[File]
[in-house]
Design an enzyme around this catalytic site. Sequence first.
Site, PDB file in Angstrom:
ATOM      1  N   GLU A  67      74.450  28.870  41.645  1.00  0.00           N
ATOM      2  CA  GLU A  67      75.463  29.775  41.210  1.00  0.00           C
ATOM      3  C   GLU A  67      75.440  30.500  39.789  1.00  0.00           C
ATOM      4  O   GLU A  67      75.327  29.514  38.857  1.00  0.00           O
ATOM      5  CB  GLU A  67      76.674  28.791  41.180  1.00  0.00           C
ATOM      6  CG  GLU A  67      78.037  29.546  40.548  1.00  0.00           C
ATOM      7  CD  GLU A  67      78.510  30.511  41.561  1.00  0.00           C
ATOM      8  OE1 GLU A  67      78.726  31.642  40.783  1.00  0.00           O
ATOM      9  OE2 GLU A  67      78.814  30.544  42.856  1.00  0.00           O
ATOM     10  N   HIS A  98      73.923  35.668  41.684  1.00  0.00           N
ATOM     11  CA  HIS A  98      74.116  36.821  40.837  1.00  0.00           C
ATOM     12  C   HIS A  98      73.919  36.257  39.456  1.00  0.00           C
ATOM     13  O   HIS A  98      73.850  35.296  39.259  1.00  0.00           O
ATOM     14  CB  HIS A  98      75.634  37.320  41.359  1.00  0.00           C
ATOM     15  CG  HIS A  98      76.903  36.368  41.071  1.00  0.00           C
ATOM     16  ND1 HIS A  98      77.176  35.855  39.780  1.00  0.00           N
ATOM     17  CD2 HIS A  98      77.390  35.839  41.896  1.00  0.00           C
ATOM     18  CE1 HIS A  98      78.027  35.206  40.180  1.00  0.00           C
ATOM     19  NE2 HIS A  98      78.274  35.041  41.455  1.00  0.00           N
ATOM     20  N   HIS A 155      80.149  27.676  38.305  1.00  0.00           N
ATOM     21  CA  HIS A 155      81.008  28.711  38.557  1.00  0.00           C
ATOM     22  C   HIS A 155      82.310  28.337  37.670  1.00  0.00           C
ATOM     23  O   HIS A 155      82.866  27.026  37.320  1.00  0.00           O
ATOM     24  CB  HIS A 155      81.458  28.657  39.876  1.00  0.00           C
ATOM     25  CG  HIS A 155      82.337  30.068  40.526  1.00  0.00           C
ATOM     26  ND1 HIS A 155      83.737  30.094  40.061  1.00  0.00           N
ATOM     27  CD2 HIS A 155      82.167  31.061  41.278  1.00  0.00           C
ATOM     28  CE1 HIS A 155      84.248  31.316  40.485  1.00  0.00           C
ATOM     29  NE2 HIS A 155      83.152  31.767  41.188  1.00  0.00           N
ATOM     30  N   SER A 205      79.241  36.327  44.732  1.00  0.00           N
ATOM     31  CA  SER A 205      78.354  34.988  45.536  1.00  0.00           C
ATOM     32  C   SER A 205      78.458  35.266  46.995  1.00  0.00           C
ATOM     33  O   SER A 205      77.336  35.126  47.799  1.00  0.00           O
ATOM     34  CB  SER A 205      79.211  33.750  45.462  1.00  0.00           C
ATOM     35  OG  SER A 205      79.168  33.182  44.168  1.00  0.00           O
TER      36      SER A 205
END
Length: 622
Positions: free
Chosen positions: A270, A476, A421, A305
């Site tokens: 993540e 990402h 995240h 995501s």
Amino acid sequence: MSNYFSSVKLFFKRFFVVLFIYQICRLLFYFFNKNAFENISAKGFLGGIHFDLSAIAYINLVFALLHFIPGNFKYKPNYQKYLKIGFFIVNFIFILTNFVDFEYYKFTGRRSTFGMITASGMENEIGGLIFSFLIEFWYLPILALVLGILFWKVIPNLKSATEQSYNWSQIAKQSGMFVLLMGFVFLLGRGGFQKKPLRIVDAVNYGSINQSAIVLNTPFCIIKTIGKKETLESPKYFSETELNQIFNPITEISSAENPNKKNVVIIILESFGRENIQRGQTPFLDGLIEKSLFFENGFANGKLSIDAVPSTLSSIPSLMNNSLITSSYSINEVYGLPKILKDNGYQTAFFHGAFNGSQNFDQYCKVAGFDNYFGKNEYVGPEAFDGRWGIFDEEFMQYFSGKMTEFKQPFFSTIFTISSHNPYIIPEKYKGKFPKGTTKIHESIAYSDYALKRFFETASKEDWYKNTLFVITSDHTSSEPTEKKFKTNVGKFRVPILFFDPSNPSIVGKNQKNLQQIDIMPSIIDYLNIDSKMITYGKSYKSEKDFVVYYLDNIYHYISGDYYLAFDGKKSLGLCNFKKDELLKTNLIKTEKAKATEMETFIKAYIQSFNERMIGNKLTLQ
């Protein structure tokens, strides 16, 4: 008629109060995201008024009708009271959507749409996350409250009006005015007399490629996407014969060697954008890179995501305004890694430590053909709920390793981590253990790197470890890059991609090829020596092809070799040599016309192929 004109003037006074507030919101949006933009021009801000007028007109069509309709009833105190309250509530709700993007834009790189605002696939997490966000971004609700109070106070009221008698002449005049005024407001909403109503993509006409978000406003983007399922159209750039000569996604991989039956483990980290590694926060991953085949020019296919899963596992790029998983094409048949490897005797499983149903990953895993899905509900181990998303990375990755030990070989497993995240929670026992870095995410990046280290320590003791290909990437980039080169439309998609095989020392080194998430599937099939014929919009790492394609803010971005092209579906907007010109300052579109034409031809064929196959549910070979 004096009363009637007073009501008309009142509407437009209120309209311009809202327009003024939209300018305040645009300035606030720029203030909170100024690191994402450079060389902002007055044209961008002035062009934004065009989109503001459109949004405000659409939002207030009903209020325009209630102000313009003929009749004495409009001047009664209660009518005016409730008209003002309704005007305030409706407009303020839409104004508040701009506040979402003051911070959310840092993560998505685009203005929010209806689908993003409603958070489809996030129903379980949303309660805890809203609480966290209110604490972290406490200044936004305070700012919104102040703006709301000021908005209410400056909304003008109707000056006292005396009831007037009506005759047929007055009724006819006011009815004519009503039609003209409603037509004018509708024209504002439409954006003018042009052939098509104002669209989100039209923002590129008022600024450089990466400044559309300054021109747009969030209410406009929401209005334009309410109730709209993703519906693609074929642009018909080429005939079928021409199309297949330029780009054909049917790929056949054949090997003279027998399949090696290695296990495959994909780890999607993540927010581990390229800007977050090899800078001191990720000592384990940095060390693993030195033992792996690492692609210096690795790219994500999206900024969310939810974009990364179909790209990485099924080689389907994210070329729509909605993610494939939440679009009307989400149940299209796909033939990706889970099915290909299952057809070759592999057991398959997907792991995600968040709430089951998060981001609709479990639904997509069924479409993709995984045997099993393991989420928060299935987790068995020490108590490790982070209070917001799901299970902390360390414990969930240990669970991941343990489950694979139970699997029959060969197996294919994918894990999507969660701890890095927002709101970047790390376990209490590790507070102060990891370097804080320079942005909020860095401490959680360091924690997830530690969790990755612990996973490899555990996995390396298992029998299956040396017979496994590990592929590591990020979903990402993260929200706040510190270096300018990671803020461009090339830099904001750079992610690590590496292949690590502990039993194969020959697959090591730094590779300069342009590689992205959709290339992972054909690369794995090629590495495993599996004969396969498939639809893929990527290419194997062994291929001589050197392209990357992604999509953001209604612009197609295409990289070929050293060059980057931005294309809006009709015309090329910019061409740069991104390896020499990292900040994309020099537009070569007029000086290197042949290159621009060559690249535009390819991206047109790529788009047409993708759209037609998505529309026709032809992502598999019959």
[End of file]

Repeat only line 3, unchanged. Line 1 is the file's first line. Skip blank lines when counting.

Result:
Site, PDB file in Angstrom: